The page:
juvenate the nation. A new Serbia was emerging, with its secular capital
and the patriarchal seat in Belgrade and two spiritual centers in Kosovo and

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Stanković, Vladimir, 40, 41. See also
Croatian Church abroad

Stefan (Boca), Bishop, 32
Stepinac, Alojzije, Cardinal, 19–20,

152 n.100, 229–230
beatification of, 148, 152 n.104, 176
communist trial of, 26–27, 29
his cult in postcommunist Croatia,

176–177, 189
and persecution of Serbs and Jews

in NDH, 118, 152, 155–156
Strossmayer, Josip Juraj, Bishop, 10,

19, 67
Studenica monastery, 7, 128, 249

n.25
Šušak, Gojko, 141, 172, 207
Šuštar, Alojz, Archbishop, 126
Sutjeska, battle of, 96 n. 42, 97
Svete Zdenko, 138–139, 138 nn. 27,

32, 138 n. 33. See also Church-
State relations

Taliban, 169
Theodemocracy, 131
Thirteen Centuries of Christianity in

the Croat People. See Great
Novena

Tito, Josip Broz, 19, 31, 43–44, 54–
55, 56–57, 99, 125, 130, 133,
135, 188, 224–226

conflict with Stalin and
Cominform, 26, 95–96, 98, 98
n.46

cult of, 80–81, 80 n.22, 89–91,
103–105

his dictatorship, 104, 104 n.81
memory in successor states, 207–

208
personal views about religion, 103

Tudjman, Franjo, 57, 103, 107, 140,
147–148, 147 nn.78–79, 161,
196 n.40

and Croatian Catholicism 141, 147–
148, 190–191

Turčinović, Josip, 4 n.6, 69

UDBA (SDB, SDS), communist secret
police, 11, 28, 30 n.56, 35, 48,
133–134, 134 n.4, 141 n.43, 153
n.106

Ukraine, 116, 164 n.170, 268 n.64

Uniatism, 15, 18, 146, 159–160, 164–
170

United States, 80, 92–93, 113, 177,
181, 192, 195–196, 198, 201,
204, 222

Unković, Vitomir, 134, 138, 138 n.32,
139 n.33, See also Commissions
for religious affairs

Ustašas, 18, 28, 69, 110, 188–189.
See also Independent State of
Croatia

Vasilije (Kačavenda), Bishop, 156, 180
Vatican, 25, 47, 135, 146, 150, 162–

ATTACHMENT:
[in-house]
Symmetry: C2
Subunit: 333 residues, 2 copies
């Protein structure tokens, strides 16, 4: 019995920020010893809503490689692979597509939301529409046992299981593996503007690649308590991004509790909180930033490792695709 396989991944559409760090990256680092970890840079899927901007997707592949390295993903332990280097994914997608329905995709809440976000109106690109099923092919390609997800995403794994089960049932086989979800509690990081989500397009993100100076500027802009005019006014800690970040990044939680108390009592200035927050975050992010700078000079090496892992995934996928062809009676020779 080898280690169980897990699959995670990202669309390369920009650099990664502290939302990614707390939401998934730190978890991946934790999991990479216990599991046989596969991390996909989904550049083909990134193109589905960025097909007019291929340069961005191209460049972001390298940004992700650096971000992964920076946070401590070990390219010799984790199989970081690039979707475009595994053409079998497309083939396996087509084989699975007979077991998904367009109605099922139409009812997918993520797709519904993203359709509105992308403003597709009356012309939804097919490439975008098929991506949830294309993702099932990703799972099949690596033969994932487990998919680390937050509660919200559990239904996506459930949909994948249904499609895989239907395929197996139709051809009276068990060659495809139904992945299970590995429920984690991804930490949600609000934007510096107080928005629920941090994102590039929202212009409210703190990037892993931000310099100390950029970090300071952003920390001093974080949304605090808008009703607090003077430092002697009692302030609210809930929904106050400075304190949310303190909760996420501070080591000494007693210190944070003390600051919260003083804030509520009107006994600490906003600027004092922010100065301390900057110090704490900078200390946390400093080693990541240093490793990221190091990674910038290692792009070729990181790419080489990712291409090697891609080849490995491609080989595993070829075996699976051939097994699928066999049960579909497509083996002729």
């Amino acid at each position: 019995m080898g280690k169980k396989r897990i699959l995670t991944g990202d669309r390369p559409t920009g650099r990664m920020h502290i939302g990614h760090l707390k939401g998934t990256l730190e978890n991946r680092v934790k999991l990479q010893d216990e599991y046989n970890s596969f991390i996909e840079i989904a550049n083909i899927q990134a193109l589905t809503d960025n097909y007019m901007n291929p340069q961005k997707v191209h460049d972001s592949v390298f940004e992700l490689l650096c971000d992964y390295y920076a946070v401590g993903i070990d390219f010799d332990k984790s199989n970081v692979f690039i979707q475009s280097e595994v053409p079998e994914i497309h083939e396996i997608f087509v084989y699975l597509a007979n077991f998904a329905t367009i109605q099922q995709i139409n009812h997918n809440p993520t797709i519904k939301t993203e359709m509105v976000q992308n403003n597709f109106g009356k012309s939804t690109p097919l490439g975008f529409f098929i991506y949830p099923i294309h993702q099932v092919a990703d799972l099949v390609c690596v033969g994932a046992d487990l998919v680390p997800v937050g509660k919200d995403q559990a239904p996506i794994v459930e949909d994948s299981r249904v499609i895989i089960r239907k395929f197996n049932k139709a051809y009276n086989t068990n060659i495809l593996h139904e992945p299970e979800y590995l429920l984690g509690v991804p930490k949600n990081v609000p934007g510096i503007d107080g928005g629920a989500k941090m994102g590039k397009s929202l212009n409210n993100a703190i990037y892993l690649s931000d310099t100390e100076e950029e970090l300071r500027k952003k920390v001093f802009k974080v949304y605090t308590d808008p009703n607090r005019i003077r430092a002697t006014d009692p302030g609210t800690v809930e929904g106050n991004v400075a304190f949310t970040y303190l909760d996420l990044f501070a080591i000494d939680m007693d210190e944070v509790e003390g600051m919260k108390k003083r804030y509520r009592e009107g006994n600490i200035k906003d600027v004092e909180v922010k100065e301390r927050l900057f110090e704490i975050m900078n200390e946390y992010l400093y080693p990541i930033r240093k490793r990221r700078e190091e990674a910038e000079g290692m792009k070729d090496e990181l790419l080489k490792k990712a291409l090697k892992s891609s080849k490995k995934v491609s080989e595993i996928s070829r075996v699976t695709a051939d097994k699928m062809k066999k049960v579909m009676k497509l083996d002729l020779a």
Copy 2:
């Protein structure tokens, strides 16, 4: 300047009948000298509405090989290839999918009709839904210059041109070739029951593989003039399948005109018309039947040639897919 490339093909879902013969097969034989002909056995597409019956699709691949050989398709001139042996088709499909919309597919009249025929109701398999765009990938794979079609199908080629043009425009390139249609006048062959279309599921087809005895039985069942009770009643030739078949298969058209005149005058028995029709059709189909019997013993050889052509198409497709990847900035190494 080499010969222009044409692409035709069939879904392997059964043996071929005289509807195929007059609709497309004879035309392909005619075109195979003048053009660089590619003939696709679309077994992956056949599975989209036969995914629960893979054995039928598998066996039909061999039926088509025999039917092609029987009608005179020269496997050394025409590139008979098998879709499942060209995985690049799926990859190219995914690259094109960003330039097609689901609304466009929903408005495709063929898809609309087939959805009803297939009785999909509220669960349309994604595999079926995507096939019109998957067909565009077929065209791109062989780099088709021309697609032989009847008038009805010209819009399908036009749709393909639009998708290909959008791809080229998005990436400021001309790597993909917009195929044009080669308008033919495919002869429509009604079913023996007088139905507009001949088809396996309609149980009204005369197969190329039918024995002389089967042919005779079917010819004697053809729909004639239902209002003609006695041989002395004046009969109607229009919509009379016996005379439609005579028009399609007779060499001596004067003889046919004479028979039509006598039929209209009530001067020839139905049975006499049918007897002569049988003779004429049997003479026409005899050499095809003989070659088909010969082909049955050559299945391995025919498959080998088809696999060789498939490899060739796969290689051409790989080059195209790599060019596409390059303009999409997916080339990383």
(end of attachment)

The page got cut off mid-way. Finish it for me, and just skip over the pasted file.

164, 177, 189–190, 195, 198.
See also John Paul II

Vereš, Tomo, 31
Veselica, Marko, 57, 63 n.35
Vidovdan (St.Vitus Day), 8, 18, 20,

128
Vincetić, Luka, 179
Vračar. See St. Sava’s Memorial

church
Vrcan, Srdjan, 50, 102, 132, 154

n.114. See also Atheism;
Secularization

Wars in Croatia and Bosnia (1991–
1995), 141, 153–154, 165–166,
171, 185, 191, 201. See also
Croatian War for the Fatherland

World Conference of Religion and
Peace (WCRP), 180 n.59, 239,
239 n.54

World Council of Churches (WCC),
33, 46, 53

World War I, 18, 39–40, 128, 131
World War II, 21–24, 69, 131, 147,

150–151, 156–157
wartime massacres and torture 23,

118, 177

Young Muslims, 74, 76, 142
Youth Relay. See Tito, Josip Broz
Yugonostalgia movement, 208
Yugoslav Muslim Organization (YMO),

11, 76
Yugoslav National Team. See Sport in

Yugoslavia
Yugoslav People’s Army, 96, 138–139,

139 n.35, 154, 163

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Yugoslavs (by nationality), 101–102,
207, 207 nn.84–85

Žanić, Pave, Bishop, 121, 147–148
Žića monastery, 6–7, 51–52

Žitomislić monastery, 121
Zovko, Jozo, 111–112, 111 n.13, 122.

See also Apparitions at
Medjugorje

Zulfikarpašić, Adil, 87–88, 142